California Republicans Closing Gap Would End Aid to Children, Mentally Ill
California Assembly Republicans proposed stripping funds from child-development and mental- health programs as well as cutting state employment costs by 10 percent to help close a $15.4 billion deficit.
The chamber’s minority party also would suspend a program that pumps extra money into poorly performing schools as part of $7.4 billion in cuts to help balance the most-populous state’s budget without new taxes. The plan rolled out yesterday in Sacramento also relies on revenue gains from existing levies.
The proposal offers the first detailed Republican road map to bridging the gap. The party’s Assembly caucus said the cuts and revenue gains would preserve funding for public schools and colleges. The plan doesn’t rely on extending about $11 billion in temporary taxes and fees sought by Governor Jerry Brown, while it ends programs that help children and the ill.
“We don’t want to see the services that are making a huge difference in our communities undercut,” Eduardo Vega, the Mental Health Association of San Francisco’s executive director, said yesterday in a telephone interview. Rolling back such aid to early-1990s levels isn’t the way to go, he said.
Brown, a Democrat, plans to release a revised budget on May 16, according to a news advisory yesterday from his office.
Under the Republican plan, funds earmarked for mental- health services and early-childhood development would be drained of $2.4 billion. In 1998, voters passed a 50-cent tax on packs of cigarettes to pay for the child services. Six years later, a 1 percent income-tax surcharge on those earning $1 million or more was passed to help pay for mental-health programs.
In 2009, voters blocked then-Governor Arnold Schwarzenegger from using the two funds to close a deficit. That part of the Republican plan would require public approval at the ballot box.
“People voted against redirecting this funding because they didn’t want to see people with mental illnesses on the streets or in jail,” Vega said. About half of his group’s $800,000 annual budget comes from the fund targeted for elimination.
A new vote is likely to produce a different result than in 2009, when the measures shared ballot space with proposals to increase taxes and fees, Connie Conway, the Assembly’s Republican leader, told reporters at a briefing in Sacramento. “It’s all in how you bill it,” she said.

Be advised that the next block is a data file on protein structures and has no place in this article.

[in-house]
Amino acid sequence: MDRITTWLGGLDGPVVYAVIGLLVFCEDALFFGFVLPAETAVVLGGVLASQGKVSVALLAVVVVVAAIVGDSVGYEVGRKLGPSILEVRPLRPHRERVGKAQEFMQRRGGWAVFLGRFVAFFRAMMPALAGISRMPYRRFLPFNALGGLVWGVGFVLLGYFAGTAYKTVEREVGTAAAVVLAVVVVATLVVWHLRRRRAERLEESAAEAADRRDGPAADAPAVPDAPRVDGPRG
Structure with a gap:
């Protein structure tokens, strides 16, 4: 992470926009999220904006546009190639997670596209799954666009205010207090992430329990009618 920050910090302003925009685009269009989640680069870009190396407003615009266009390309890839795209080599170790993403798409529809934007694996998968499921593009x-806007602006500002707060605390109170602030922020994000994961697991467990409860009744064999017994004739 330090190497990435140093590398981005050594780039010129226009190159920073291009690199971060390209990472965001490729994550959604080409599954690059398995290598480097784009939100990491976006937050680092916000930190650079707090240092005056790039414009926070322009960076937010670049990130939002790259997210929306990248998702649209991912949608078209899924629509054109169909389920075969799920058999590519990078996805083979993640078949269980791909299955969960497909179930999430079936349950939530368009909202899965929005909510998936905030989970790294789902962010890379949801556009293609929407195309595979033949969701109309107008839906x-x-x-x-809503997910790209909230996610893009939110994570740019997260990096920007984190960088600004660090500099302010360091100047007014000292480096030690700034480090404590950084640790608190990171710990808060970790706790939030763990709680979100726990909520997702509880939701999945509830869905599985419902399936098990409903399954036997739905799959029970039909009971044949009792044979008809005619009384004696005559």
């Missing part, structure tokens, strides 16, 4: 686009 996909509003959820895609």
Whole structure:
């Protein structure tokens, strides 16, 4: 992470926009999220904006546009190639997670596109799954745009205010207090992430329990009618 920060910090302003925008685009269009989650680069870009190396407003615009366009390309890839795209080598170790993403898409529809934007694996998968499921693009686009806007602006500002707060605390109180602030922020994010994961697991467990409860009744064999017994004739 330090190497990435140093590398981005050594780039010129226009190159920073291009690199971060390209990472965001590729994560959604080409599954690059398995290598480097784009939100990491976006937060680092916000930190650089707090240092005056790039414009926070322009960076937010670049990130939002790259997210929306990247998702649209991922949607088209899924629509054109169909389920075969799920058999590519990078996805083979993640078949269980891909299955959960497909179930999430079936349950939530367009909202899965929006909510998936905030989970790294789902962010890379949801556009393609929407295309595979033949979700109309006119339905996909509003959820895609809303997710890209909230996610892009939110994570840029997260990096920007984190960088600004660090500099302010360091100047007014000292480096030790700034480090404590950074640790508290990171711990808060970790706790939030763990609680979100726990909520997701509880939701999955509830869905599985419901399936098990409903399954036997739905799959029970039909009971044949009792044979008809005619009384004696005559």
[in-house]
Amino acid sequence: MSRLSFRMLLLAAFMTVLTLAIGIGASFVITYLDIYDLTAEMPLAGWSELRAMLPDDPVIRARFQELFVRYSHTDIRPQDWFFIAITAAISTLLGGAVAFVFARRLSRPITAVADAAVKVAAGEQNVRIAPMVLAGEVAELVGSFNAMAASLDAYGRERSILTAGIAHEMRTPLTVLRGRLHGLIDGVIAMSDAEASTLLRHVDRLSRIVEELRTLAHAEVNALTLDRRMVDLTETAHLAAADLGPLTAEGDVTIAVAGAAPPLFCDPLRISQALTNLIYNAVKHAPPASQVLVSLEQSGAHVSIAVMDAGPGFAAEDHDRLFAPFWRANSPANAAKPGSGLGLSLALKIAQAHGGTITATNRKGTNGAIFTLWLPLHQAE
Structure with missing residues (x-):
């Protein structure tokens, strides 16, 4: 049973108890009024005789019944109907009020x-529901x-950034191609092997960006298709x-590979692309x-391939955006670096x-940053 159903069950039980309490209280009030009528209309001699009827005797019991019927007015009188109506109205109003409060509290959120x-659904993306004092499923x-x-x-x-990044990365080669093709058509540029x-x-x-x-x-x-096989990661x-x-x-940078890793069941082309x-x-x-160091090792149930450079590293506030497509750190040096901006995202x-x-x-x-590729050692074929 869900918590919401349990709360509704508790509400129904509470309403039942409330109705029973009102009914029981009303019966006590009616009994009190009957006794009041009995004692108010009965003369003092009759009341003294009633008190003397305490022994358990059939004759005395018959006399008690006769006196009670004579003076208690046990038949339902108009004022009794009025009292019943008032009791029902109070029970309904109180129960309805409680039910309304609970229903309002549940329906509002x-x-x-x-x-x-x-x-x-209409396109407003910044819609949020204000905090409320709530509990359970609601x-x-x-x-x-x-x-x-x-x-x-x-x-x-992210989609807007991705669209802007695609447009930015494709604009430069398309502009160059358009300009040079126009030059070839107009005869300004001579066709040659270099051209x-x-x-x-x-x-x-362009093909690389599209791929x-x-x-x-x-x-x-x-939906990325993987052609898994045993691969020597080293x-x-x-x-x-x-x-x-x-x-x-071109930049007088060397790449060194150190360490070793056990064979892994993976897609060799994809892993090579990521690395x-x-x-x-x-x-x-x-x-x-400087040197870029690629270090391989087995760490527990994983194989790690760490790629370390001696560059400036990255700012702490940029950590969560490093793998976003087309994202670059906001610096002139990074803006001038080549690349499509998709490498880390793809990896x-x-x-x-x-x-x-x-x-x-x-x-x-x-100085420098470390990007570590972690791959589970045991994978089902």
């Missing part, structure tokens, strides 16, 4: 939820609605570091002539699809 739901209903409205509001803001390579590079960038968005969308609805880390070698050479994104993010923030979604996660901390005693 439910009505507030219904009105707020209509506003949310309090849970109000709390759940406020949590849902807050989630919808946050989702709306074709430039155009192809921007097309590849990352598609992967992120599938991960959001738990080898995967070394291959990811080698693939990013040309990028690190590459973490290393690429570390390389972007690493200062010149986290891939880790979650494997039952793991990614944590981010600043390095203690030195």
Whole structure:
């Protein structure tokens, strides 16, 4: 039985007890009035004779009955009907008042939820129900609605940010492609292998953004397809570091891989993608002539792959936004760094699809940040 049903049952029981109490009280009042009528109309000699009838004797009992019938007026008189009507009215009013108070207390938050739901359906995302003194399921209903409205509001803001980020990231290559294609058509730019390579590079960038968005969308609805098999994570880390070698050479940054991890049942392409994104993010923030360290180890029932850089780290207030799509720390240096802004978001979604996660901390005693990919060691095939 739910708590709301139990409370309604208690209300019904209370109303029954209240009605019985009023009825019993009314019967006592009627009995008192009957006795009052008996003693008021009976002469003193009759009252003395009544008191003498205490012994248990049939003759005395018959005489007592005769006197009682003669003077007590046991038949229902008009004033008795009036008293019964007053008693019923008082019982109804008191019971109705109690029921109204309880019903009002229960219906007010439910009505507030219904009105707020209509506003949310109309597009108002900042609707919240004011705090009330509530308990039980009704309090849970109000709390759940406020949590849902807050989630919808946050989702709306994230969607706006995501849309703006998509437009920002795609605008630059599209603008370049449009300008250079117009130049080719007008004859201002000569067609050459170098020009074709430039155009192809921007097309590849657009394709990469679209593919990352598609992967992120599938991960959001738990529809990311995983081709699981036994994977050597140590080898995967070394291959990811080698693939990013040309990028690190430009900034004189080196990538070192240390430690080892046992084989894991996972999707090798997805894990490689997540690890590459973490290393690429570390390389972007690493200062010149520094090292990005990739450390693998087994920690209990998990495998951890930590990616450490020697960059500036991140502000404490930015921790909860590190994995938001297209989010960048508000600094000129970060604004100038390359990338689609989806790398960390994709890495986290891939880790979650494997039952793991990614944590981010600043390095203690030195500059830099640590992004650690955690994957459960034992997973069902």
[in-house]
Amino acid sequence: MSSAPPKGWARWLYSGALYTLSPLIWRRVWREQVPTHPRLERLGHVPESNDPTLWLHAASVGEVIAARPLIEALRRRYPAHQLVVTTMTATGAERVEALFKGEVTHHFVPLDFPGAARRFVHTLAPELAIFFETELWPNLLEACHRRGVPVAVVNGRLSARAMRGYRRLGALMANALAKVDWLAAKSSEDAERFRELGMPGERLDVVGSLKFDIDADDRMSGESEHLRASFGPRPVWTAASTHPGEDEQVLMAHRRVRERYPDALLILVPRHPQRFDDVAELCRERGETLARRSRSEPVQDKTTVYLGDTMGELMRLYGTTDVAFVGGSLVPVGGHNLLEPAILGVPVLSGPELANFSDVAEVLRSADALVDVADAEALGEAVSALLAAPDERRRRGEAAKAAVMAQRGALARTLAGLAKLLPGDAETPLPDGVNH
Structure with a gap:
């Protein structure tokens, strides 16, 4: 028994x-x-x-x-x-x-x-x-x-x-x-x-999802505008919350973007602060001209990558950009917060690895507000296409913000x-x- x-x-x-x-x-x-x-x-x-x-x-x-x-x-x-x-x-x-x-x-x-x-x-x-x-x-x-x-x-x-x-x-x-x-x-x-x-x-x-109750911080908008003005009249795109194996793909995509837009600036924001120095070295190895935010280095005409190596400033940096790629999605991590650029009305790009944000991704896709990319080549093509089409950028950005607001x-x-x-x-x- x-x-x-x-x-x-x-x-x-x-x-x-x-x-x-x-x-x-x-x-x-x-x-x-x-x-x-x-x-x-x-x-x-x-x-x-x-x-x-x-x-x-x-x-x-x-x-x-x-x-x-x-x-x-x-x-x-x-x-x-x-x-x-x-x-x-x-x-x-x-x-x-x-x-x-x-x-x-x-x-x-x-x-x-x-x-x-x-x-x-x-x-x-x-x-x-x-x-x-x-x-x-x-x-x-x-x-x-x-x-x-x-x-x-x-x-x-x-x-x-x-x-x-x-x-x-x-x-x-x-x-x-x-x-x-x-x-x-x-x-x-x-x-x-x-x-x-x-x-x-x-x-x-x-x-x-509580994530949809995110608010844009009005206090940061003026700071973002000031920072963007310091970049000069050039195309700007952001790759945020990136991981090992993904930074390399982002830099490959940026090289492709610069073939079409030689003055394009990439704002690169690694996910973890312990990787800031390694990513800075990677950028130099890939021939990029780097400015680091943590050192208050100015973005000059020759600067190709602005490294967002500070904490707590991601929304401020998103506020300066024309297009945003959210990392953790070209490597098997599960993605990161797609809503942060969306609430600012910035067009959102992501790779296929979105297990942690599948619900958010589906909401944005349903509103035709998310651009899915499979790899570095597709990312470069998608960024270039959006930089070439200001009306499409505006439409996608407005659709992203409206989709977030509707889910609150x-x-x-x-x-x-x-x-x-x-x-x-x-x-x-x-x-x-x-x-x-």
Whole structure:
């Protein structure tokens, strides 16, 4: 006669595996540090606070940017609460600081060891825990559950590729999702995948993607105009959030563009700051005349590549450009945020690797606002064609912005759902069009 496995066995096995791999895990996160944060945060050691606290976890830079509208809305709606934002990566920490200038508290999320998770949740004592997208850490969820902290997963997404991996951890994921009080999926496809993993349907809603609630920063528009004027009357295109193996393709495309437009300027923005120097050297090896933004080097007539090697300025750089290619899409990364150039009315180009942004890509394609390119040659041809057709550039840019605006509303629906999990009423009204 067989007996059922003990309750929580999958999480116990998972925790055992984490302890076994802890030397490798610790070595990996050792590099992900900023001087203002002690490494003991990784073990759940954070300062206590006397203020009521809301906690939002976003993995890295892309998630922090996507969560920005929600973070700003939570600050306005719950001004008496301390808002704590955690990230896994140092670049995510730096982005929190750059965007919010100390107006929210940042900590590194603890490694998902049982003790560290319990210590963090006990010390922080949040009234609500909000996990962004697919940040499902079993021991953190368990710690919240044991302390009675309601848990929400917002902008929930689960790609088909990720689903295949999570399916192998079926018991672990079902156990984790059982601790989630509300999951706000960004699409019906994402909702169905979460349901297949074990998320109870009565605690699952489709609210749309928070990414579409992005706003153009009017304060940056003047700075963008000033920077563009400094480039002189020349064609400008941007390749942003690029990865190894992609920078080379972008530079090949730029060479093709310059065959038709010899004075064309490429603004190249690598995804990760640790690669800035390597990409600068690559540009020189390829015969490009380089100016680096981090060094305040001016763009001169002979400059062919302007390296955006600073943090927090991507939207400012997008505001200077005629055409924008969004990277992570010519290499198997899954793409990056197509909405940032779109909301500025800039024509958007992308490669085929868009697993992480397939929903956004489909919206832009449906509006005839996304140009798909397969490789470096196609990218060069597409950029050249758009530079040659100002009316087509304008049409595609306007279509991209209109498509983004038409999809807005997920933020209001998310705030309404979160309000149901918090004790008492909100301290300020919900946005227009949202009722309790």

No Added Taxes
Conway wouldn’t say how Republicans would take $1.1 billion out of state employment costs. Measures may include reducing wages, unpaid time off or job cuts, she said.
“For once, we’re going to live within our means and not kick the can down the road,” Conway said. “Our plan doesn’t add to the tax burden.”
On March 29, Brown declared a failure in negotiations with Republican lawmakers over extending taxes and fees set to end in June. Brown needed at least four members of the minority party to join fellow Democrats to put the issue before voters.
Last month, the 73-year-old governor said he may try to get the extension on a November ballot, either by winning Republican support or by bypassing the Legislature through a voter-petition initiative. The deficit amounts to about 18 percent of Brown’s proposed $84.6 billion general-fund budget. He and lawmakers have already narrowed the gap by about $11 billion.
The Republican plan would produce a surplus of as much as $800 million in fiscal 2012, depending on how much community redevelopment funding is reduced, according to a financial outline of the proposal. The extra revenue would be held in a reserve account, the document shows.
Republicans have split on a Brown-backed proposal to dissolve about 400 redevelopment agencies that employ tax revenue to spur economic growth in blighted areas. Brown’s budget proposal would erase the authorities and put much of the money they use into schools.
Republicans “appear to have come to their senses” on the development agencies, Gil Duran, a Brown spokesman, said in a statement. Other parts of their plan are “the same old short- term, smoke-and-mirrors approach to budgeting that got the state into dire financial straits in the first place,” he said. “If Republicans wanted to play a serious role in finding a budget solution, they wouldn’t have waited until the middle of May.”
The Republican plan would forestall a long-term solution to California’s financial strains, making it difficult for the state to issue bonds, said Tom Dresslar, a spokesman for Treasurer Bill Lockyer, a Democrat.
“The bond market would see this plan for what it is: more fantasy budgeting, more fiscal mismanagement, and another blown opportunity to get our financial act together,” Dresslar said in an e-mailed statement. “Rating agencies would see that it’s not responsibly balanced.”
Brown won election in November on a pledge to end recurring deficits that have left California, whose economy is bigger than Russia’s, with the lowest credit rating of any state from Standard & Poor’s, at A-. The governor, whose two previous terms ended in 1983, has said letting voters decide whether to retain the temporary tax increases is crucial to closing the budget gap without making deeper cuts to education and public safety.
Republicans have said that any referendum should also let voters decide whether to replace current state pensions with a plan that mixes traditional defined benefits with 401(k)-style savings accounts.
Leaders of the Legislature’s minority party also want to give voters a chance to cap state spending. The limit they’ve suggested would be based on a formula tied to inflation and population change. Republicans also have sought a referendum on undoing environmental rules that hinder business growth.
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